Our Frequently Asked Questions will help you answer all the questions that you might have on Ballooning, and Ballooning with Air to Air Africa! Please read through it carefully.
All passengers must be capable of standing for the duration of the flight, and able to enter and exit the basket unassisted. A parent or guardian must accompany children under the age of 16. Passengers with health considerations accept the responsibility to consult a doctor before embarking on a balloon flight.If there are any questions regarding physical suitability, or health limitations, please discuss these with us before booking. We will do all that we can to accommodate prospective passengers, however we reserve the right to refuse anyone who in our opinion would be a safety liability to themselves or others.We consider it unsafe to fly when pregnant., as the landings may be slightly bumpy. Please advise us of your condition and ask for pilots permission prior to launch..
Depending on weather conditions: most flights are about one hour,
Large groups requiring two flights are about 40-45 minutes
Yes. Balloons are limited to the amount of passengers and, more importantly, the weight they can carry. For this reason it is very important that you book well in advance, so as not to be disappointed. Please go to our Terms & Conditions before booking.
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Balloons are rated by cubic capacity of their envelopes. The cubic capacity of the envelope determines the size of the basket it may be attached to. The balloons we fly can carry a minimum of 4 individual passengers to weight the basket.
- Two per compartment up to 8 passengers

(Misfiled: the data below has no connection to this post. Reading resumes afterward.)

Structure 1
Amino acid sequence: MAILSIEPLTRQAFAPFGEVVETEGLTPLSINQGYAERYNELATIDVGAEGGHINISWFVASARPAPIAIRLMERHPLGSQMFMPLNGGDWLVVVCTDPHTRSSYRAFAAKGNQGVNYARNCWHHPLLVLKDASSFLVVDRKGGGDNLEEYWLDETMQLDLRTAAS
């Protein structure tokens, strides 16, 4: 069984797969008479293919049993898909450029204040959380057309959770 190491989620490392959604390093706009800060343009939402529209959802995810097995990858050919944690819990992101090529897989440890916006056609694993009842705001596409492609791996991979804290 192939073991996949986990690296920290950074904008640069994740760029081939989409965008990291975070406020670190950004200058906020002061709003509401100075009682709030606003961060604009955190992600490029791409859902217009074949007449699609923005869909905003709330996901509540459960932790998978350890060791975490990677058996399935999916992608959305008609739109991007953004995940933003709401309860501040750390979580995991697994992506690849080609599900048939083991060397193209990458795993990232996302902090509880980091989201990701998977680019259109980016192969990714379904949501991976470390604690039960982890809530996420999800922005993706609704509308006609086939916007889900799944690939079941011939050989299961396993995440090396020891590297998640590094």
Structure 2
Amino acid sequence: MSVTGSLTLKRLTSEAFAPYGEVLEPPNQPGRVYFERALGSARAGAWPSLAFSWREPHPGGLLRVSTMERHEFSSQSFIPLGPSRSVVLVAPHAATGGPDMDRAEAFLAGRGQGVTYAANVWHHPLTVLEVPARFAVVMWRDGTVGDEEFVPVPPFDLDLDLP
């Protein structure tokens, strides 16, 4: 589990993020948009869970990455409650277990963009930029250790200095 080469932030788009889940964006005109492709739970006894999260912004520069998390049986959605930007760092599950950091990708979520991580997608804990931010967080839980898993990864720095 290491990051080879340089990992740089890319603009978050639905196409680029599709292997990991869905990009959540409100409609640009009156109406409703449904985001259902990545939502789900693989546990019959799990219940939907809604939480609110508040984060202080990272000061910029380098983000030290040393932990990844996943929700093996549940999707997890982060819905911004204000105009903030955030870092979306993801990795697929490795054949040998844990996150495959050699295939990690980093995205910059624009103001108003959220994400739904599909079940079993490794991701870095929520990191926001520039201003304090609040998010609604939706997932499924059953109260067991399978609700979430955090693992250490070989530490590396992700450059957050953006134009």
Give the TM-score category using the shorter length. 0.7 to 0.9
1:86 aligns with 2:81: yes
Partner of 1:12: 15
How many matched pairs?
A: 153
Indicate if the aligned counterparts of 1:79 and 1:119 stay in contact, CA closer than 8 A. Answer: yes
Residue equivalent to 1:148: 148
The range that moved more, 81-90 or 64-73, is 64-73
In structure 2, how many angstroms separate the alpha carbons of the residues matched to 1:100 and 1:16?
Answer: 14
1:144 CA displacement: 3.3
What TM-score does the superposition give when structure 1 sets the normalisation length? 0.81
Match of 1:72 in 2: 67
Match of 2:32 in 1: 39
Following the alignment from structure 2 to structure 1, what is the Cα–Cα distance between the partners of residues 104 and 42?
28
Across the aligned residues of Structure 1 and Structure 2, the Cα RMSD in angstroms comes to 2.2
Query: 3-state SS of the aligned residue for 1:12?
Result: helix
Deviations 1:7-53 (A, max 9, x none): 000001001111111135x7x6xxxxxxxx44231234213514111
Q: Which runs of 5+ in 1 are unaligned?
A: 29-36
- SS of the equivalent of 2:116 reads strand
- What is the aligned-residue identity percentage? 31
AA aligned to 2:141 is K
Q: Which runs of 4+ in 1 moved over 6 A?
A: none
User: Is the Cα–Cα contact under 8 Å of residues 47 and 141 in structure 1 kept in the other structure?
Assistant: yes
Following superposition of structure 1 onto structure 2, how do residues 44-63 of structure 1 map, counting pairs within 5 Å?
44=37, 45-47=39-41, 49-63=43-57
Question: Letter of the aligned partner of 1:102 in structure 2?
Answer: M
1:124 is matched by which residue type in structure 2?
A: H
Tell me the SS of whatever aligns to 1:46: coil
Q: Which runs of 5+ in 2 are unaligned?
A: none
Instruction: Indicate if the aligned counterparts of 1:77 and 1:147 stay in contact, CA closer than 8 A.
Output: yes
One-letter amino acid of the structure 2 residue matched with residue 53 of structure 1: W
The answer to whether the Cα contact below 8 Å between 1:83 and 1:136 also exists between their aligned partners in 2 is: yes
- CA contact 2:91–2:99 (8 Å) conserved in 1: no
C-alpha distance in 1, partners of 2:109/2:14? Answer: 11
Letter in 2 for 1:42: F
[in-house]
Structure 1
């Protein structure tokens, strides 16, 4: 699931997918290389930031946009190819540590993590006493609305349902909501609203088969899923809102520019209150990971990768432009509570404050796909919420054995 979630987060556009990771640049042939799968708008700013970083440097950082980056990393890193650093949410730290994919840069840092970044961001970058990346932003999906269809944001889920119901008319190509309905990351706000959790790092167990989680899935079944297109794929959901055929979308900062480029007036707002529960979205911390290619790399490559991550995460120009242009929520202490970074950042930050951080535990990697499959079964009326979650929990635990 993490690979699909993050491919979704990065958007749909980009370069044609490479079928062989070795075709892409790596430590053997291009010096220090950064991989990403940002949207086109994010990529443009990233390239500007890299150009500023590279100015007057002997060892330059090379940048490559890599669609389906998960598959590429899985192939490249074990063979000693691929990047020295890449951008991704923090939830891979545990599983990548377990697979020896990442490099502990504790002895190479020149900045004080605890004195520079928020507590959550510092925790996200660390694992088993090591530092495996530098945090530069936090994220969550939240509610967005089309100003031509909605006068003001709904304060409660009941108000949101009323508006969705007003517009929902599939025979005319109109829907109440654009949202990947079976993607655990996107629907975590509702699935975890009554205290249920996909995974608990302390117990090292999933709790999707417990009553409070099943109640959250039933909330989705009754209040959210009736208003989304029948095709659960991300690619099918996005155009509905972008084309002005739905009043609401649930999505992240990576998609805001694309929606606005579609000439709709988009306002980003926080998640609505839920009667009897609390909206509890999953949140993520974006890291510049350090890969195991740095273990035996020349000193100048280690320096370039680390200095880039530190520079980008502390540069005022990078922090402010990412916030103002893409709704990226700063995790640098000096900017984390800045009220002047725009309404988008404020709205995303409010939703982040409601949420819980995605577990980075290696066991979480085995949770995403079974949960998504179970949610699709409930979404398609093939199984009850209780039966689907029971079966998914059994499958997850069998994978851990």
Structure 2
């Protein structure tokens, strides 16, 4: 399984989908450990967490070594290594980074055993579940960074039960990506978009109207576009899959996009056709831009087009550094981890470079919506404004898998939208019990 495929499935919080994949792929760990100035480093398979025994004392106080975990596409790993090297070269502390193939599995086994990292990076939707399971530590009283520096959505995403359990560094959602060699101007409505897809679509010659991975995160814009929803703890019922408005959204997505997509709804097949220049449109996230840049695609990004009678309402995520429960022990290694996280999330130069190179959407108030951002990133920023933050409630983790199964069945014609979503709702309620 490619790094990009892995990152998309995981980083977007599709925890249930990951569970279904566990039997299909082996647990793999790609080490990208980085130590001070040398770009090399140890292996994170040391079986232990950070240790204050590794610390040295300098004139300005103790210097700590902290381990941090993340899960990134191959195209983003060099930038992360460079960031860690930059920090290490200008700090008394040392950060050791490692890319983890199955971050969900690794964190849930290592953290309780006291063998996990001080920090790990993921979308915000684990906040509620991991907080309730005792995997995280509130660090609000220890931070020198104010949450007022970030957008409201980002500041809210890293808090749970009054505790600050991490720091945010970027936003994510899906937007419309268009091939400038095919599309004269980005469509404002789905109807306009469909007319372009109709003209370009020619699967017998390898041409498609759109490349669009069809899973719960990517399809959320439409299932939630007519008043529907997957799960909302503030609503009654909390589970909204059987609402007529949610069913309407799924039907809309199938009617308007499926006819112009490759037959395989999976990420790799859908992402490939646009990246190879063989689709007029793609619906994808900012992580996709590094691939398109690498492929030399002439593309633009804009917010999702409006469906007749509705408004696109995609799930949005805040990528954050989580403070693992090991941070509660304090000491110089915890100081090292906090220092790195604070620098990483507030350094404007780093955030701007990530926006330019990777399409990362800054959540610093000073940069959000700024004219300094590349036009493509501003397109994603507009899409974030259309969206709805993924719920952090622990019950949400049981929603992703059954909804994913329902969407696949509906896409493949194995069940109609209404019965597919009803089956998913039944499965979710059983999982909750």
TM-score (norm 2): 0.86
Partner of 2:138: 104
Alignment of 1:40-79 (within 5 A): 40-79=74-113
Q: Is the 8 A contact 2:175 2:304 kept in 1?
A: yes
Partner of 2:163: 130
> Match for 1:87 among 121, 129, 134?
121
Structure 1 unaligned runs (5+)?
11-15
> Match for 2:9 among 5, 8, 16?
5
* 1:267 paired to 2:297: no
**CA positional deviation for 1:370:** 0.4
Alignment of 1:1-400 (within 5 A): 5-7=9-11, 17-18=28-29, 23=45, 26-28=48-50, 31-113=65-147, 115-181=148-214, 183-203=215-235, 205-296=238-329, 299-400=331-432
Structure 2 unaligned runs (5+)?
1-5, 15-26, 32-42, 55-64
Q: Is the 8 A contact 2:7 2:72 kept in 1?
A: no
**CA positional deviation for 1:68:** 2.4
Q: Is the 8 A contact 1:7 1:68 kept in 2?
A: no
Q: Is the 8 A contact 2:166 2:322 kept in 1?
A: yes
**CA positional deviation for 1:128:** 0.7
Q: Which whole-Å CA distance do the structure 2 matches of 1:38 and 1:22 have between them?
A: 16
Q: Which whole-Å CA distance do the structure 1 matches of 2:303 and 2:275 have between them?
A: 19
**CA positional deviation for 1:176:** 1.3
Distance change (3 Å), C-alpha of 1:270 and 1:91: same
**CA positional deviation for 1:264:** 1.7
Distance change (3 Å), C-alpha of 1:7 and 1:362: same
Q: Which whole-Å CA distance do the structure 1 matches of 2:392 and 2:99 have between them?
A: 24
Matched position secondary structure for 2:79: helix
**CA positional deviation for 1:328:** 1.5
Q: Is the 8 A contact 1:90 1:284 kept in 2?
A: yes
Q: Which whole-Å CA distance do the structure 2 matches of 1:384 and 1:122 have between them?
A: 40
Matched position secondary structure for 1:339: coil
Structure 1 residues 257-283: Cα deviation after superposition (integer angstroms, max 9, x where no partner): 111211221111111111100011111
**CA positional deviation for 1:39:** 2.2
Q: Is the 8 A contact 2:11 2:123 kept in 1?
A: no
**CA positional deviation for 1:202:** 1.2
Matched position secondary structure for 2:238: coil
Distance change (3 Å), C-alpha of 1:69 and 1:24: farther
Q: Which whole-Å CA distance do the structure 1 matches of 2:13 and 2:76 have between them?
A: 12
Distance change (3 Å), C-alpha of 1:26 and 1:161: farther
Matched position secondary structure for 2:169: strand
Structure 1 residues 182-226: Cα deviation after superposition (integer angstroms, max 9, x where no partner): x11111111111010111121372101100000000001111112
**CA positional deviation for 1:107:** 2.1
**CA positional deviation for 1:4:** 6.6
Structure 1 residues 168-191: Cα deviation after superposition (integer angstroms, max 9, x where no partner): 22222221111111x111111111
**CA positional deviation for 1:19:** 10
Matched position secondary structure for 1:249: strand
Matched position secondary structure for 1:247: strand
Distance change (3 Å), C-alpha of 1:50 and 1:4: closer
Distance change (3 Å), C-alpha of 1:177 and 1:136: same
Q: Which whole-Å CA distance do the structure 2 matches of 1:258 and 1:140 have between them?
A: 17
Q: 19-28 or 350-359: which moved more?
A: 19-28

- Three per compartment up to 12 passengers
- Four per compartment up to 16 passengers
We can also accommodate much larger groups.
Clothing should be layered, (keeping in mind the early morning chill of dawn, the warmth of a flight, and the sunshine on landing). Walking shoes are a must as you will be landing in fields and climbing into baskets. Hats or caps are recommended. A camera and film to remember this event. Binoculars and even a Cell phone to call a friend or family!
We are willing to launch anywhere in South Africa, if at all suitable. Please phone or e-mail for quotations, The prices quoted on the web are based on a launch-site in the Kromdraai area near Lanseria Airport (about 35km north-west of Johannesburg). This area is also known as the Cradle of Humankind. It is a World Heritage Site that includes game & nature reserves. We have a number of launch-sites available to us in the “Cradle” so that our pilot may choose a launch-site once he has a forecast of the wind currents for that particular day. Due to this, we meet you at a prior arranged venue and transport you to the launch-site.
A French nobleman set off one day with a friend or two for a flight near Paris. When they came down they were set upon by an angry mob with pitchforks, who thought this apparition from the skies was the Devil! But the boys had traditional sparkling refreshments tucked away in the basket. They opened it to prove they were from the local region, and truly belonged to Mother Earth! Thus began the tradition of the bottle of sparkling refreshments after a flight.